Amidst the media frenzy surrounding actions of law enforcement throughout the country, California State University, Stanislaus’ Criminal Justice Club, Sigma Chi Upsilon, wants the community to know that they are striving to earn both the knowledge and experience needed to protect and serve.
“We want the community to know that our students care about their safety and we want them to be informed on what we are doing to ensure it,” said club historian Jennifer Okamoto. “These conferences we attend will inform us how to properly do things and how to fix a situation when things get bad.”
One of the conferences Okamoto is referring to is the 78th National Conference for the American Criminal Justice Association in March. There, members will participate in various events, including crime scene investigations, firearm competitions, physical agility courses, exams, workshops, and career fairs.
Given that the conference is being held in Nashville, Tennessee, the club needs all the help it can get from the community to raise $10,000 for registration and hotel fees, as well as transportation. Although a significant amount, their goal is only enough to send approximately 16 of the club’s 30 members.
“We’re trying to think a little bit outside of the box that’s different from other fundraisers that raise money, as well as bring in the community,” said Okamoto. “We’re looking at doing a car wash, karaoke night, and possibly a raffle.”
Prior to their plans to attend the national conference, 12 members traveled to San Diego to participate in the 2014 Regional Conference for the ACJA at the end of October.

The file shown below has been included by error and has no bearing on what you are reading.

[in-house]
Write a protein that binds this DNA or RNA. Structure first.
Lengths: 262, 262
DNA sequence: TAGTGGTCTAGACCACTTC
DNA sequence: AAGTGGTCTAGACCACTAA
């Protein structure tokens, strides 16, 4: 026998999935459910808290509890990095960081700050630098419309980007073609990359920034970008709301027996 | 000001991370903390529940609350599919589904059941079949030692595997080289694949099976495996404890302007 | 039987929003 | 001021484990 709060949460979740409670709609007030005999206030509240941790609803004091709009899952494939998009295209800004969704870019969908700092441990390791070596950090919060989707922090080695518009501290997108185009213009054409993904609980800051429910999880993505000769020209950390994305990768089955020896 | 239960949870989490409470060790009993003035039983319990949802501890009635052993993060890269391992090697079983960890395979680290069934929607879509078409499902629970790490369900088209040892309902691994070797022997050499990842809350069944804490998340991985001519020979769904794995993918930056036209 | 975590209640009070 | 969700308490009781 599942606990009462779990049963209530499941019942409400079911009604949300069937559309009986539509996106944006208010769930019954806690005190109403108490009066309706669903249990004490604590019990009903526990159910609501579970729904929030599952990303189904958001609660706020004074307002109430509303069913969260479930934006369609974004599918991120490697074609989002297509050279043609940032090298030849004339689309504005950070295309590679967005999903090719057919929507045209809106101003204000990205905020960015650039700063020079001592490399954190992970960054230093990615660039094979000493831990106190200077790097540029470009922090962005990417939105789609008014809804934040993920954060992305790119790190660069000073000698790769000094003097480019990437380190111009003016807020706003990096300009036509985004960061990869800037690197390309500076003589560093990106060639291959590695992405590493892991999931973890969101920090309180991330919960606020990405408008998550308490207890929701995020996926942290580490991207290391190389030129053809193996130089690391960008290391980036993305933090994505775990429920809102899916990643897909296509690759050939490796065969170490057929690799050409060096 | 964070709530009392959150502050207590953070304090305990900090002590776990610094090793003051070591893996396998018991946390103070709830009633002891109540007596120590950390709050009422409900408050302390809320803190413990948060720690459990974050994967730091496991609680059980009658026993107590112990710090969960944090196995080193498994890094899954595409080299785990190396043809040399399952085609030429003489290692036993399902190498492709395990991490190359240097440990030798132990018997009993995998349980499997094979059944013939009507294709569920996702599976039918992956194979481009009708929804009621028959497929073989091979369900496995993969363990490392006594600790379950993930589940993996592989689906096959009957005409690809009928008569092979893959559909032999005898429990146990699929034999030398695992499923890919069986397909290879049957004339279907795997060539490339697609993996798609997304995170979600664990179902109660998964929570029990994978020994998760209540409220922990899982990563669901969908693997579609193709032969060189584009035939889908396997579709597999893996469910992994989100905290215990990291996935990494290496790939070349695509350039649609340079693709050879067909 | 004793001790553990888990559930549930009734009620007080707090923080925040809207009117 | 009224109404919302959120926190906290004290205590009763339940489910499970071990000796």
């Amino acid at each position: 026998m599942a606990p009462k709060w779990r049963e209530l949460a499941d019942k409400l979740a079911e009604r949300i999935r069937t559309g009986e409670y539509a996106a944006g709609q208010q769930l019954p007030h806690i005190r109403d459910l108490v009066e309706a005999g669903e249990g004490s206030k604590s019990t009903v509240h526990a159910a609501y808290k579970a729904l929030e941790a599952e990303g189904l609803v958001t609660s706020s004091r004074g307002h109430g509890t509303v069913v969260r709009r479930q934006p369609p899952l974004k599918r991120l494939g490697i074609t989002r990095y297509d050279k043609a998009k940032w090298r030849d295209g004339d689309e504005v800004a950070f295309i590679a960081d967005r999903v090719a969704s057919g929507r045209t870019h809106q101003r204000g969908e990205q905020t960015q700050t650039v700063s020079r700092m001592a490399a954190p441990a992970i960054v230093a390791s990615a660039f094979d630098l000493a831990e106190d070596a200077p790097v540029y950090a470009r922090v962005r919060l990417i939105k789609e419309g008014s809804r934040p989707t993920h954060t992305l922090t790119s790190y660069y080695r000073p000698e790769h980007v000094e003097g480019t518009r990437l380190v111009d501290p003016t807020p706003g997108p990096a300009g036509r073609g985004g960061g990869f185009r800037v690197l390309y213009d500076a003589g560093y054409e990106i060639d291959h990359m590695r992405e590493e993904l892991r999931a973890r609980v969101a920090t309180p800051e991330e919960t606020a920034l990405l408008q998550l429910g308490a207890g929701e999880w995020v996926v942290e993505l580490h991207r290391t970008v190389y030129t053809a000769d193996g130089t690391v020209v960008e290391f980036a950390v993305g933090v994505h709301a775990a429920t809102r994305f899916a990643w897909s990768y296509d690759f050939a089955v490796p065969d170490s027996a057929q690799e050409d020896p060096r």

Pinned against over 200 individuals from California, Nevada, Idaho, Washington, Hawaii, and Alaska, three members from CSU Stanislaus’ Criminal Justice Club placed in physical agility, juvenile justice, and police management.
Okamoto herself placed first in the police management exam. Two other members, Sarah Richards and Lori Beth Aguilar, placed in the obstacle course portion and juvenile justice exam, respectively.
“I think these conferences are important to us to get our name out as a chapter and to give CSU Stanislaus a great name,” said Okamoto. “This just gives our members an opportunity to prepare for their futures and their careers.”
For over 20 years, the Criminal Justice Club has been participating in a number of events throughout the campus and community, including Relay for Life, Jump for Jude, and the Criminal Justice Mentor Program, which partners college students with at-risk students from Turlock Unified School District.
To make a donation to CSU Stanislaus’ Criminal Justice Club and to find more information about the 78th National Conference, visit gofundme.com/CSUSCJ.